The differences between the Trajtenberg Report, issued at the behest of the government, and the report issued by experts aiding the protest movement aren't in the principles but in the details, the protesters' experts say. Nevertheless, the details matter: The Trajtenberg Report, they claim, won't change government policy materially.
The reports agree on the main goals,and on ways of achieving those goals. But the devil's in the details: They part ways on public spending, the labor market and the need to democratize decision-making.
Both agree on the need to increase social equality and public involvement in the socioeconomic discourse. Both also agree on three ways to do that: spend more on social services, reform the labor market and lower the cost of living.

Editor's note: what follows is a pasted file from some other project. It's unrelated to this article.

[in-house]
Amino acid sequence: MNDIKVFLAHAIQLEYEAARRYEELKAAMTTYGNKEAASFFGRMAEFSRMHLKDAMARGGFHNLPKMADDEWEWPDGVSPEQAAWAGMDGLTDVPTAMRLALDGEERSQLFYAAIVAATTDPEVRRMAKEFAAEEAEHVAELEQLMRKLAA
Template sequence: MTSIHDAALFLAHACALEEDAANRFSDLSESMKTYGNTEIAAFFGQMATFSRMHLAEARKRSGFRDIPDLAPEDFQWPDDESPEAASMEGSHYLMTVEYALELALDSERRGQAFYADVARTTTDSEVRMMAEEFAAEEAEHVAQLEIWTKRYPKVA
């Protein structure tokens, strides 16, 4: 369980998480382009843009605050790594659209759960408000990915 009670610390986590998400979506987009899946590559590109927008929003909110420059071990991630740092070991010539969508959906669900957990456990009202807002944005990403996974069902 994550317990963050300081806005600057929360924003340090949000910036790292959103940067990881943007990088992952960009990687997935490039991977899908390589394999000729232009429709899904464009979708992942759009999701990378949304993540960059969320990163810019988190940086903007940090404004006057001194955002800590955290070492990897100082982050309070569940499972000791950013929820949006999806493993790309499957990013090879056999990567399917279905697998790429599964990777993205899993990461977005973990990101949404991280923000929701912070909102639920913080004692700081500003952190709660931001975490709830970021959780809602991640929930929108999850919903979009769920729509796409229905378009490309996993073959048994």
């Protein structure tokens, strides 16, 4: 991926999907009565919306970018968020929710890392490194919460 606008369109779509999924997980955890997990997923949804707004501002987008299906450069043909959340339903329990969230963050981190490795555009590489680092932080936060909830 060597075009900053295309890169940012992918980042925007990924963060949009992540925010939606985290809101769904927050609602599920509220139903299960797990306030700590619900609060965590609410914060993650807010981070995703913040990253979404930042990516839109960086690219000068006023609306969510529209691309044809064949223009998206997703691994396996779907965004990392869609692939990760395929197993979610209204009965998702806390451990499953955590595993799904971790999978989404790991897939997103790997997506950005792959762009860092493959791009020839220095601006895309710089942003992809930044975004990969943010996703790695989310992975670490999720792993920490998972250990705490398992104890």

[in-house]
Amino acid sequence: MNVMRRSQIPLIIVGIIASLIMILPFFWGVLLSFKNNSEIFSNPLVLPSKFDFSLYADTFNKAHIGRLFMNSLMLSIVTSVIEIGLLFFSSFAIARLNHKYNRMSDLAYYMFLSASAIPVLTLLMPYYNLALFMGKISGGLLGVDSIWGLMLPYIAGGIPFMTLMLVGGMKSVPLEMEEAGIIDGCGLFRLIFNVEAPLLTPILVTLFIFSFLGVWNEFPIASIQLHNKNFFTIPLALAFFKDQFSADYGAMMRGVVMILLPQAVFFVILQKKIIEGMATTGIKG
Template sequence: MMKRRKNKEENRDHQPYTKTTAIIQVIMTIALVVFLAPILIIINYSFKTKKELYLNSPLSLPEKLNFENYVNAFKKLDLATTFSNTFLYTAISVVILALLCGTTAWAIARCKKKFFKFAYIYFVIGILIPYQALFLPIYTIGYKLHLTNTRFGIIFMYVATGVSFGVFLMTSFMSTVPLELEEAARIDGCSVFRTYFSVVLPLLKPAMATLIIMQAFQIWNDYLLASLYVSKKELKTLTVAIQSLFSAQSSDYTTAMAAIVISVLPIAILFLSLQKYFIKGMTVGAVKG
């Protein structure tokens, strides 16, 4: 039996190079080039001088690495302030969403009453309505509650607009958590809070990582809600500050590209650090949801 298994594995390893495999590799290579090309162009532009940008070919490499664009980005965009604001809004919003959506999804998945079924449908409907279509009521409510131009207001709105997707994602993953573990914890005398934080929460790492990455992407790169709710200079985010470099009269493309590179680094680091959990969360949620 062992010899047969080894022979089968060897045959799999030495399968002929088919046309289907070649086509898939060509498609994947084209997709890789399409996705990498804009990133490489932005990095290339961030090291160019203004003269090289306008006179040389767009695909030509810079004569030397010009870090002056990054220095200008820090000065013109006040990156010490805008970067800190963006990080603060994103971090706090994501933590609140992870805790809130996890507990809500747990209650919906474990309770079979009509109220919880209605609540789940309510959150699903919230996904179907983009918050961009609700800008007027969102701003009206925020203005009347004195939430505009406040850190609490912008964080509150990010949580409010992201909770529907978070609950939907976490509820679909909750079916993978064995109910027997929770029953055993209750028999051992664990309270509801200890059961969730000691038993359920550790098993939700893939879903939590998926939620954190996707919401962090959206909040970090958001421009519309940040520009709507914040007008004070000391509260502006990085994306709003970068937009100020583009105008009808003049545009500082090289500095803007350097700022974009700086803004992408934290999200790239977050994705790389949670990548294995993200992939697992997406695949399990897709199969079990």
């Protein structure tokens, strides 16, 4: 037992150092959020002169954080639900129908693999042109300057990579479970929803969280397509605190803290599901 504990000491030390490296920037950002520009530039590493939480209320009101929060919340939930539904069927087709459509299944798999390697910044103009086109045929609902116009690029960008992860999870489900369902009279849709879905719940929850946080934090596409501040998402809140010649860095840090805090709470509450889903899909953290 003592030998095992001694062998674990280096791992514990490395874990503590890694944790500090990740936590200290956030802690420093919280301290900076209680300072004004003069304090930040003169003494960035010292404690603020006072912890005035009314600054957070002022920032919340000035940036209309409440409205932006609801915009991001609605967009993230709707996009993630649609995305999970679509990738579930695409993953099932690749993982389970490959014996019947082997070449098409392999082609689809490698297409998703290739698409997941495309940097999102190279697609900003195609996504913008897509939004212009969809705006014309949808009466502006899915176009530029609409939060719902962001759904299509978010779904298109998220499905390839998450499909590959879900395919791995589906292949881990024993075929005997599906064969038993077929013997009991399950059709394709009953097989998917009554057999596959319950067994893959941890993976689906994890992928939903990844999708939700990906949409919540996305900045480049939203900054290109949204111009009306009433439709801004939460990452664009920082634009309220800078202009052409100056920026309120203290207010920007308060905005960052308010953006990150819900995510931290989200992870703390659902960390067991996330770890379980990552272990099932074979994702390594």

The protesters' experts say the government's civilian expenditure has contracted by 5% of GDP; hence the protest. They suggest restoring half of that, paid for by tax hikes. The Trajtenberg Report rejects increased government spending. It suggests expanding public services by cutting defense and other spending, and would increase public spending by only half the amount the protesters demand.
Also, while Trajtenberg placed a focus on education (free day care ), the protesters are more interested in healthcare, housing and welfare.
The Trajtenberg committee, headed by former national economic adviser Manuel Trajtenberg, was set up by the government to study the protesters' demands. The protesters had their own committee, headed by Avia Spivak.
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